Kara Swisher

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CNET's Activist Investors Write the Book of (Not-So-Much) Love


Unfortunately, for CNET (CNET) Networks, it’s not an April Fool’s joke, but more lump of coal to the tech news and review site’s management and board.

Today, a group of very obviously stubborn activist investors, who have been seeking to gain CNET board seats and make other major changes at the company to boost its moribund stock price, will release their own assessment of the situation at the company called, “CNET: Value-Unlocking Change For All Shareholders.”

And their conclusion is no surprise: CNET has failed to deliver for shareholders and its whole operation, along with the board and executive suite, need a complete overhaul.

Since CNET’s major shareholders have been relatively passive and complacent, despite recent declines in the company’s stock price, it is not clear exactly how effective such tactics will be.

And last week, CNET kind of beat the disgruntled group to the punch by throttling itself and announcing that it was conducting layoffs and also making a variety of key changes, as part of a task force to improve the company’s performance.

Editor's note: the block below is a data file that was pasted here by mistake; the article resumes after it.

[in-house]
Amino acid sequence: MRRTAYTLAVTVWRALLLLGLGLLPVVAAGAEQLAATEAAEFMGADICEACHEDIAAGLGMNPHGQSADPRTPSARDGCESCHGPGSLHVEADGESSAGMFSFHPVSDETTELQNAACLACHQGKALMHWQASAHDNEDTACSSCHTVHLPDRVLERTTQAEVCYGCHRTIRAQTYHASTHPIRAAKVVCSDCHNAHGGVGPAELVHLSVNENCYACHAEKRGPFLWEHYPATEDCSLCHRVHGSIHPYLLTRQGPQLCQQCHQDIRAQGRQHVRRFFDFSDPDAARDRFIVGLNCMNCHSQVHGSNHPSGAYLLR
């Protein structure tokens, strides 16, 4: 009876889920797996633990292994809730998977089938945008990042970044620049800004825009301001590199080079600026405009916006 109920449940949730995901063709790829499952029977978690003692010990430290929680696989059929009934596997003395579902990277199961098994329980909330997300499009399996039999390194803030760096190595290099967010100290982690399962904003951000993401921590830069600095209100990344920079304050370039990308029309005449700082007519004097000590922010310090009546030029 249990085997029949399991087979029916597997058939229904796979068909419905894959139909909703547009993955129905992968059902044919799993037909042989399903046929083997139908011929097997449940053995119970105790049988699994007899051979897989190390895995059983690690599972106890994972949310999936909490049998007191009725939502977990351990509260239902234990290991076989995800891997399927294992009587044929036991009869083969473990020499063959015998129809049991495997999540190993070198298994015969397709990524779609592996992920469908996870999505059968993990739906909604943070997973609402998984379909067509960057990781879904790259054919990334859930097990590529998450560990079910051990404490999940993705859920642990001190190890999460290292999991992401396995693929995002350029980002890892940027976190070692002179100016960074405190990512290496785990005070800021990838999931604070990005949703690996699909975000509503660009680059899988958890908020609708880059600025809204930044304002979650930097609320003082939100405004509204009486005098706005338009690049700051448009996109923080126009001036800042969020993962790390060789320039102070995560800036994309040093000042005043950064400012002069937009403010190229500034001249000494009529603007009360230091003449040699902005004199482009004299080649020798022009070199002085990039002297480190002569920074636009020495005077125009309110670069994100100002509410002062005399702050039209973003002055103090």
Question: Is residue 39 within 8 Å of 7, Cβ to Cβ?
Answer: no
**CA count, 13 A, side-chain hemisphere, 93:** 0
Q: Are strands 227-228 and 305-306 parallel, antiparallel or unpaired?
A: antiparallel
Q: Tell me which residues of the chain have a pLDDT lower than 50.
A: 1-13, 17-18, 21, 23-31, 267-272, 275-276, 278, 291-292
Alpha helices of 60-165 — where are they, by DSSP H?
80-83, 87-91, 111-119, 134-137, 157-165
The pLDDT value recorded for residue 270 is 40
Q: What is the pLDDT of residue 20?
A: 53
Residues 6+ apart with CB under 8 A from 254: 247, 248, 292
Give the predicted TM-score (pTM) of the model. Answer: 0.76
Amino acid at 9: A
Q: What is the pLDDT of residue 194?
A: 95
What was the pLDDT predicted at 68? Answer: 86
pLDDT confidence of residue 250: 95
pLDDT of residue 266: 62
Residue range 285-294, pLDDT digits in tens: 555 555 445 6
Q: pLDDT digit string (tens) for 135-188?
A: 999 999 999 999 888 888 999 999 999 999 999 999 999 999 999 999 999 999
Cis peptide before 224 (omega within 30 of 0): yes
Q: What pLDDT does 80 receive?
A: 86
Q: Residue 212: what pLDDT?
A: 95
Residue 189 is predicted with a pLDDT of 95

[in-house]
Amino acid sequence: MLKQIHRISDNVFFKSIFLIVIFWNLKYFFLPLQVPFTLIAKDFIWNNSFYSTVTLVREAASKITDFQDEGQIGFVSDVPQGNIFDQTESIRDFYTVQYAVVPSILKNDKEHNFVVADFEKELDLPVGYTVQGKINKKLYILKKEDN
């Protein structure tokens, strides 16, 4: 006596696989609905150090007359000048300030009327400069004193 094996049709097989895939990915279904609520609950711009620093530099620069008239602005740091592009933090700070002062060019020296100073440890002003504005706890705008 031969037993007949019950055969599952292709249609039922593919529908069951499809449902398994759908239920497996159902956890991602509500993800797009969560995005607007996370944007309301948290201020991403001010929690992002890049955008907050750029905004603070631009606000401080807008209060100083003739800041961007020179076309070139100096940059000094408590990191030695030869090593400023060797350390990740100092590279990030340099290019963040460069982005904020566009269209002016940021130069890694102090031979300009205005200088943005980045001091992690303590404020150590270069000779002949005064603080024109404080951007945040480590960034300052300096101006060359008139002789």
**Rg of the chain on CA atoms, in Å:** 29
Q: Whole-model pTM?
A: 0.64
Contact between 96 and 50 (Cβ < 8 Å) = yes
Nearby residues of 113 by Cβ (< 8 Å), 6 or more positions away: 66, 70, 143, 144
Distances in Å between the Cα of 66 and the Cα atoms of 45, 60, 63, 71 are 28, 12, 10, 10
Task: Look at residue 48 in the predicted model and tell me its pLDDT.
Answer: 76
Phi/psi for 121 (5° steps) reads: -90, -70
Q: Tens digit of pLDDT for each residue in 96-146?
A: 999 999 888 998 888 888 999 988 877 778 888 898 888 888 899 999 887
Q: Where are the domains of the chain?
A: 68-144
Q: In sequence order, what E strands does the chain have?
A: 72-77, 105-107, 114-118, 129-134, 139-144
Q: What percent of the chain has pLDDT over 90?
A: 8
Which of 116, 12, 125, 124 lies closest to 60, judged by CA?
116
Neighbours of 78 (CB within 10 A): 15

As BoomTown wrote in a post about the situation:

Thus, to assuage Wall Street, the courts and, well, to look like it was getting busy, CNET laid off 10 percent of its U.S. workforce, or 120 employees, as well as saying it would be fixing a range of other things gone wrong at the company.

That included cutting costs, upgrading technology, rejiggering content offerings, fixing the sales process and “implementing business unit changes to realign resources to support the company’s strategic priorities and promote efficiencies.”

Well, at least the bathrooms are in good working order! But otherwise, that would be everything, right?

Interestingly, the 38-page report–prepared by an activist group led by Jana Partners, and includes Alex Interactive Media, Sandell Asset Management, Spark Capital Management and Velocity Interactive Management–agrees, except that it wants to shove aside the current crew at CNET and be the ones to make the needed changes.

As the group notes in the report’s executive summary not-so-subtly titled “CNET’s Destruction of Shareholder Value”:

The current leadership of CNET Networks Inc. (“CNET” or the “Company”) has presided over massive value destruction, with CNET’s shares declining (25)%, (52)% and (21)% in the one, two and three year periods ended March 28, 2008, respectively, compared to 39%, 6% and (1)% changes, respectively, for its stated benchmark peer index, as set forth herein. Also as set forth herein, CNET has also consistently underperformed peers in profitability and growth, ranking last among these peers in key metrics. This underperformance comes despite CNET’s premiere assets, including the tenth largest collection of Internet sites in the world and strong brands and content.